Recent Lawsuits over Abortion Bans Don’t Help the Cause of Religious Freedom

Jewish attitudes toward abortion vary quite significantly, and even within Orthodoxy there is a spectrum of halakhic opinions about the circumstance under which it is allowed. But there is a general consensus across denominations—based on the Talmud—that when pregnancy threatens a woman’s life, abortion is not only permitted but required. This fact is the basis of a lawsuit in Indiana filed by the American Civil Liberties Union on behalf of a group called Hoosier Jews for Choice. According to the plaintiffs, the state’s abortion ban threatens Jews’ religious liberty in a way that violates Indiana’s Religious Freedom Restoration Act (RFRA). Similar lawsuits have been filed in several other states.

Josh Blackman, Howard Slugh, and Tal Fortgang argue that the claims made in these suits are unconvincing on multiple levels: on the technical grounds that the plaintiffs have no claim that they are being actively harmed by the laws in question; on the grounds that every existing state abortion ban already includes a carve-out for circumstances where a woman’s life is in danger; and because of more fundamental flaws in legal reasoning. They also cite a “pragmatic” concern:

The legal errors in the Indiana case would upset the compromise at the heart of the RFRA. This compromise allows the judiciary to protect religious liberty while allowing the state to burden religious exercise when doing so is necessary to further a compelling government interest. The Indiana trial court’s legal errors would make it nearly impossible for the state to demonstrate that it has sufficient justification to burden religious exercise.

We worry that a ruling for the plaintiffs based on the lower court’s misinterpretation of the RFRA would, in the long run, weaken or even eliminate religious-liberty protections. Faced with the prospect of judicial interpretations that effectively eliminate the delicate legislative balance contained within the RFRA, state legislatures may seek to modify or even repeal their state RFRAs, thus abandoning heightened protections for religious exercise. Other states that are looking to enact RFRAs may reconsider if faced with the choice between protecting religious liberty and enforcing other compelling interests. Any victories in this case for people of faith would be short-lived, as the critical RFRA compromise would be broken.

Read more at Social Science Research Network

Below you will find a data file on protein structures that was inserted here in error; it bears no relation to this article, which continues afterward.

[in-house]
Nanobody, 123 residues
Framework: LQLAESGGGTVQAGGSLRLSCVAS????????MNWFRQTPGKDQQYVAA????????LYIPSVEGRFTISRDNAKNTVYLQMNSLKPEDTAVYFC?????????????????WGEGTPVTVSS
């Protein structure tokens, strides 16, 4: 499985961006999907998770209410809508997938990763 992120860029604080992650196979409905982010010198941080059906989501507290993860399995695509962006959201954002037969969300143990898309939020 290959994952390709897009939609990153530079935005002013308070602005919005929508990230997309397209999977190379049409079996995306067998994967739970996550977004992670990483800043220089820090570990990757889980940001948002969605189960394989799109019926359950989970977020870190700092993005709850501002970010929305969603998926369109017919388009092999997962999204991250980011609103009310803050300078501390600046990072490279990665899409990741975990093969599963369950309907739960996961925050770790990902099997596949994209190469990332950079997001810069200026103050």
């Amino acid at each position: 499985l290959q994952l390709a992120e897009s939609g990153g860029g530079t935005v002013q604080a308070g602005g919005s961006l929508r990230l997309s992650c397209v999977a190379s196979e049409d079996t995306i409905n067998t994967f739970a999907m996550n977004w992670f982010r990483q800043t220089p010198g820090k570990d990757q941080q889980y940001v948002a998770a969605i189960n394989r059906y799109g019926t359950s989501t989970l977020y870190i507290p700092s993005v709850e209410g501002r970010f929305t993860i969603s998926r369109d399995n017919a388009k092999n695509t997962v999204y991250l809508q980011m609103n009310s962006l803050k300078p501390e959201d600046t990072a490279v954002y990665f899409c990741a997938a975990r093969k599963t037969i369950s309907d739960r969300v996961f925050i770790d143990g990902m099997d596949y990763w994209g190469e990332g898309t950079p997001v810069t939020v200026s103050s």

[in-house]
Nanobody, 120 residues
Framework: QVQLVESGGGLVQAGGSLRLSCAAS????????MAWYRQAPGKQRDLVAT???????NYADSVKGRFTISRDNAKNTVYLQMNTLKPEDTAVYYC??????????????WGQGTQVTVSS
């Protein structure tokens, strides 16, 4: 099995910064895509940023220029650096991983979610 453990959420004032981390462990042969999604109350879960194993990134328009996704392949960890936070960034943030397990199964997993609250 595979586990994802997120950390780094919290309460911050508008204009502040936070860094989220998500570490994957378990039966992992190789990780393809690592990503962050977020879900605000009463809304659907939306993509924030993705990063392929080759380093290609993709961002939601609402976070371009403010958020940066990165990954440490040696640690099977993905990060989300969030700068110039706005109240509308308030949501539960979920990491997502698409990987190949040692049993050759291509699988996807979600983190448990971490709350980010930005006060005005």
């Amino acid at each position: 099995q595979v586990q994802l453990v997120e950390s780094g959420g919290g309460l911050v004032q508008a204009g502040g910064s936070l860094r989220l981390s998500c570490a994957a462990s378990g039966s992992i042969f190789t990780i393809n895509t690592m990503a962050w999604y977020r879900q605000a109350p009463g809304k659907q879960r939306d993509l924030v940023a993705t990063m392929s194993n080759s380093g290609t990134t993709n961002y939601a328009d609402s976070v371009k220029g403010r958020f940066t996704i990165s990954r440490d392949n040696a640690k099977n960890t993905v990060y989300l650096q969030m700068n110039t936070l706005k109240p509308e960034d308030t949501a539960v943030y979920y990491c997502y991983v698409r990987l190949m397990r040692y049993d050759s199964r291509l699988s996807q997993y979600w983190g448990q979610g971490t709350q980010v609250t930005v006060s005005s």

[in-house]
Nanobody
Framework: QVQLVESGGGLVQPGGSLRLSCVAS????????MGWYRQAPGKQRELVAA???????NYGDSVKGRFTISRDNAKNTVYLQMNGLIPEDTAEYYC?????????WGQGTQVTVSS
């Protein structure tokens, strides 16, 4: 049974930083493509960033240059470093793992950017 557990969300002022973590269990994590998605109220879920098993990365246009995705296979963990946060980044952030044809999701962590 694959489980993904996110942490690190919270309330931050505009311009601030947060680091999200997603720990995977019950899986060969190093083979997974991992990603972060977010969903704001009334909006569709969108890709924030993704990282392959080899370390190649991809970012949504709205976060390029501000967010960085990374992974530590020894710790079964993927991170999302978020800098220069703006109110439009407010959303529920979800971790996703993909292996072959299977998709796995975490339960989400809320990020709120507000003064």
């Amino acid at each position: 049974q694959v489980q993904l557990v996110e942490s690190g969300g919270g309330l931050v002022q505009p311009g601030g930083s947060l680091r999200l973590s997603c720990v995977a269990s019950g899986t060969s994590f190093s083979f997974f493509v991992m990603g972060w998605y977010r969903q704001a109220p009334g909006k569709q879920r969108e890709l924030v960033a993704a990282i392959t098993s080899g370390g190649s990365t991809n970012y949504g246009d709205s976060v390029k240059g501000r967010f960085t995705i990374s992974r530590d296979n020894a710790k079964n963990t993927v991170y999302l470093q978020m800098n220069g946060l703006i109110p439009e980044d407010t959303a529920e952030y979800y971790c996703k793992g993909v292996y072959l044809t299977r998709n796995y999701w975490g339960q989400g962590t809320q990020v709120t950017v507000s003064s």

More about: Abortion, Judaism, Religious Freedom, Religious Freedom Restoration Act

Israel Can’t Stake Its Fate on “Ironclad” Promises from Allies

Israeli tanks reportedly reached the center of the Gazan city of Rafah yesterday, suggesting that the campaign there is progressing swiftly. And despite repeatedly warning Jerusalem not to undertake an operation in Rafah, Washington has not indicated any displeasure, nor is it following through on its threat to withhold arms. Even after an IDF airstrike led to the deaths of Gazan civilians on Sunday night, the White House refrained from outright condemnation.

What caused this apparent American change of heart is unclear. But the temporary suspension of arms shipments, the threat of a complete embargo if Israel continued the war, and comments like the president’s assertion in February that the Israeli military response has been “over the top” all call into question the reliability of Joe Biden’s earlier promises of an “ironclad” commitment to Israel’s security. Douglas Feith and Ze’ev Jabotinsky write:

There’s a lesson here: the promises of foreign officials are never entirely trustworthy. Moreover, those officials cannot always be counted on to protect even their own country’s interests, let alone those of others.

Israelis, like Americans, often have excessive faith in the trustworthiness of promises from abroad. This applies to arms-control and peacekeeping arrangements, diplomatic accords, mutual-defense agreements, and membership in multilateral organizations. There can be value in such things—and countries do have interests in their reputations for reliability—but one should be realistic. Commitments from foreign powers are never “ironclad.”

Israel should, of course, maintain and cultivate connections with the United States and other powers. But Zionism is, in essence, about the Jewish people taking responsibility for their own fate.

Read more at JNS

More about: Israeli Security, Joseph Biden, U.S.-Israel relationship